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Thread: 7x65R - any thoughts please

  1. #1

    7x65R - any thoughts please

    With a bit of luck I have managed to secure a Combination gun in 16 bore and 7x65R - the rimmed version of the 7x64. Can any body point me in the direction of:

    Loaded ammunition

    Reloading dies and reloading kit and suggestions for loads.

    Cases - either new or used.

    Appreciate that ammo is not that readily available and likely to be expensive - especially compared with .243 etc.

    As regards reloading do I need a full size press or can you can make up good loads with a hand press?

    Many thanks

    Heym SR20

  2. #2
    Nice find! I'm a little envious as double and combo guns are scarce as hen's teeth where I live.

    I don't know much about the 7x65R but I took a look through "The Handloaders Manual of Cartridge Conversions" by Donnelly and it's written there that the cases can be made from 9.3x74R which is available from Midway. Donnelly suggests getting a set of forming dies from RCBS (Huntington Die) or the shoulder can be repositioned using a 33 Winchester FL die. I'd order the forming dies if I couldn't find the brass.

    As to presses: If you're reforming then a bench press might be a good thing. If you can get brass then a hand press will work nicely. The bench-mounted monsters we see today emerged in the 1950's and there was plenty of reloading done before that!

    Have fun! ~Muir

  3. #3
    Thanks Muir - and to add to the jealousy follow this link

    http://auctions.holtandcompany.co.uk...6404&saletype=

    Has all the details.

    Should be a lot of fun particulalry as have found a supply of ammo. Now have to debate whether to use a 156 gn bullet - flatter shooting, or just stick to the 176 gn thumpers.

    Heym SR20

  4. #4
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    Reloading dies are simply standard 7 x 64 dies but with the substitution of an appropriate shellholder for the differently shaped rimmed base. I would advise purchasing a good reloading press.

  5. #5
    SD Regular
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    Reloading dies are simply standard 7 x 64 dies but with the substitution of an appropriate shellholder for the differently shaped rimmed base. I would advise purchasing a good reloading press.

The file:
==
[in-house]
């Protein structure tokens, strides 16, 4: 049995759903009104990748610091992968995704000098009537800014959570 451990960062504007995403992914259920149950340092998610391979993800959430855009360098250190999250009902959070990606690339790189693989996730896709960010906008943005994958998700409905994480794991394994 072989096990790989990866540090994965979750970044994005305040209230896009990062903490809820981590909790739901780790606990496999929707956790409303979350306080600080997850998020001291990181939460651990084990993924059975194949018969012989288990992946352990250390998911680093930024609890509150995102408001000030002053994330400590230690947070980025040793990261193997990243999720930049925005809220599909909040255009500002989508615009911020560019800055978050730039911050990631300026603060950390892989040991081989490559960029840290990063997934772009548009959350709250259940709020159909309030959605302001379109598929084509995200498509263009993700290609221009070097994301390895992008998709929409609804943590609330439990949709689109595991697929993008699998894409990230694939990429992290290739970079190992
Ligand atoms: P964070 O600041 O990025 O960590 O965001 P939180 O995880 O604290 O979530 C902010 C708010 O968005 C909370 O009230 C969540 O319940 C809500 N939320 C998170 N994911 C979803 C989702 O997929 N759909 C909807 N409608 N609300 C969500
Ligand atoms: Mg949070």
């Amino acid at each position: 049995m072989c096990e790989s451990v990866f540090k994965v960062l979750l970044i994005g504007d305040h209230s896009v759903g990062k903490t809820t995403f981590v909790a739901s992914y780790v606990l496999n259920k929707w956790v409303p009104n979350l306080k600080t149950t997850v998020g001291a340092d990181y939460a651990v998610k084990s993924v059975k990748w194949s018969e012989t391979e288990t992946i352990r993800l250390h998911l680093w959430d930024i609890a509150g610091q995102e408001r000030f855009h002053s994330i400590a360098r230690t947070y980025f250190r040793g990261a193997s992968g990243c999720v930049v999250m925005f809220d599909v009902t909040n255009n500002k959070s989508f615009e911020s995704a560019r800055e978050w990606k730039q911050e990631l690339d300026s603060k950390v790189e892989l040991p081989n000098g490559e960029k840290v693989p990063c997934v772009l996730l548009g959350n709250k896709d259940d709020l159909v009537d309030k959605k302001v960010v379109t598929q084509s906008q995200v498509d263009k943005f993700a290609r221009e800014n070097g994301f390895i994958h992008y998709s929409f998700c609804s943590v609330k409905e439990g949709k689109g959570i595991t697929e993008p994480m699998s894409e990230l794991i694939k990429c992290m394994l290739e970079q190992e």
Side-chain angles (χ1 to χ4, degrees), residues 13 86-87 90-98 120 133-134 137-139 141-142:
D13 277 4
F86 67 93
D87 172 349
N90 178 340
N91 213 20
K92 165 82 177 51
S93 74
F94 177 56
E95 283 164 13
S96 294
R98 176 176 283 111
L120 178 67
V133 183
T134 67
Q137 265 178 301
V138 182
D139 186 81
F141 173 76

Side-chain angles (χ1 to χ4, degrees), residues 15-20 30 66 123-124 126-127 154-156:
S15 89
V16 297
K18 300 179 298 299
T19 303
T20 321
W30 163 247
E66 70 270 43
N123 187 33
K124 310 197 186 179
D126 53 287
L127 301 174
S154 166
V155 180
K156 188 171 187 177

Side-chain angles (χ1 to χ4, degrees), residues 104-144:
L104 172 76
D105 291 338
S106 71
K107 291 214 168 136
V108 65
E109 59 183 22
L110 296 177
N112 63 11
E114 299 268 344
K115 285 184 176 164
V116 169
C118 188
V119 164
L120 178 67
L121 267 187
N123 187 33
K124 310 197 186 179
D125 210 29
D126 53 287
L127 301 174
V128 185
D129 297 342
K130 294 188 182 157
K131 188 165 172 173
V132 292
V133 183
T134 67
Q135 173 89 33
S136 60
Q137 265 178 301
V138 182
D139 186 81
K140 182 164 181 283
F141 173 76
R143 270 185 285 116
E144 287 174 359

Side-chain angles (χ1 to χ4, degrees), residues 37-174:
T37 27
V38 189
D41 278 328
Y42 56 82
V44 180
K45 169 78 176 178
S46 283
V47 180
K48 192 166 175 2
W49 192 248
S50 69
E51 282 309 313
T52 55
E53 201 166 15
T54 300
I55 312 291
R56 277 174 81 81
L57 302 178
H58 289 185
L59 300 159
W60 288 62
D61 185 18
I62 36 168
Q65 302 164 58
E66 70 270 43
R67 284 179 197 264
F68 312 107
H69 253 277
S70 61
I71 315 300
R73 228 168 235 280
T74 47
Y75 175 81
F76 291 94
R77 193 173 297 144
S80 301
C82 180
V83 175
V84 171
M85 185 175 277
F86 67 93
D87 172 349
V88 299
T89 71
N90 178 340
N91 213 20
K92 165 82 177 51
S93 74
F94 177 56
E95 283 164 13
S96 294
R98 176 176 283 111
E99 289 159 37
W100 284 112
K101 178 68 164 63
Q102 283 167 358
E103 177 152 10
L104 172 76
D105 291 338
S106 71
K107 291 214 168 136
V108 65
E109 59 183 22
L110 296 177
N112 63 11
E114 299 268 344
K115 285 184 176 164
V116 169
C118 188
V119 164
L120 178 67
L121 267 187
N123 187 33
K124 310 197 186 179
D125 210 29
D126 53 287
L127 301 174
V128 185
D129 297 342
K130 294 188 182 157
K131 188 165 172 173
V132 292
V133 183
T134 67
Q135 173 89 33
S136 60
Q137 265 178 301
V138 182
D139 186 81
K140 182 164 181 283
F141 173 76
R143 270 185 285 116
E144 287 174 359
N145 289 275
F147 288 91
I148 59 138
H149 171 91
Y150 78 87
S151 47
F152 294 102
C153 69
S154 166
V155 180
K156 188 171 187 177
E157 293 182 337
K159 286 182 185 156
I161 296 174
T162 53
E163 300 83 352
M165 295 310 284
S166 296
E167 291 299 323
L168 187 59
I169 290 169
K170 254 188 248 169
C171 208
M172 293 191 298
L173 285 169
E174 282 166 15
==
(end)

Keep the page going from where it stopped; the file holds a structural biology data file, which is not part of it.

6. #6
    I thought that might be the case as well so I looked up the cartridge specs and while they are close, they are not identical. The standard 7x64 will neck size at best. The Rimmed version has a longer neck and more importantly, a steeper case taper which might make extraction sticky after a few reloadings. If I had the 7x64 dies I wouldn't hesitate to use them but I'd keep an eye towards these (and other, slight) dimensional differences.~Muir

  7. #7
    The 7x65R has 3800 bar max pressure vs 4150bar for the 7x64, so a nice bit down. My german book has the following load data for the 7x65R.




    Mail me if you can't read it all and I'll mail the pictures.
    psecomp@googlemail.com

    edi

  8. #8
    Thanks Gentlemen for all your help. Am picking it up tomorrow and can't wait.

    Could have done with it on Tuesday evening - out looking for a buck that has been around for a while and is holding terratory in a small field next to a load of potatoes - was creeping down to the corner of the potatoe field when a fox pocked his head out of a row 5 yards in front of me - saw me and ran off towards the buck - if I had the shotgun he was a dead fox!

  9. #9
    Hello
    I`m using the 7x65R in a Suhler Drilling (side-by-side shotgun with a rifle underneath). I shot two roe bucks this March with the 11.2gr (=173grs) SPCE from S&B. Auccuracy is very good for this cheap ammunition which is produced in CZ. Two other bucks I shot with the ID Classic from RWS. The problem was that the "holes" were too big, and -not to forget- it also costs almost three times as much!
    Greetings from Deutschland,
    ALex

  10. #10
    Thanks Alex,

    Over here the RWS and S&B seem to both be priced at around £35 per box of 20. Have you had any luck with the 156 gn bullet? My thinking is that is bit flatter shooting and thus may be better for more open hill use, but looking at the balistic tables this probably only becomes an issue after 150 m plus.

    What are most German 7x65Rs regulated to?

    And do you know anything about Heinrich Munch (Aarchen) - I think it looks as if he was a dealer who had guns built by somebody else and with his name put on them. Very much like most English small gunmakers - who sourced from the likes of webley etc and then finished them on the premises.

    Many thanks

    Heym SR20

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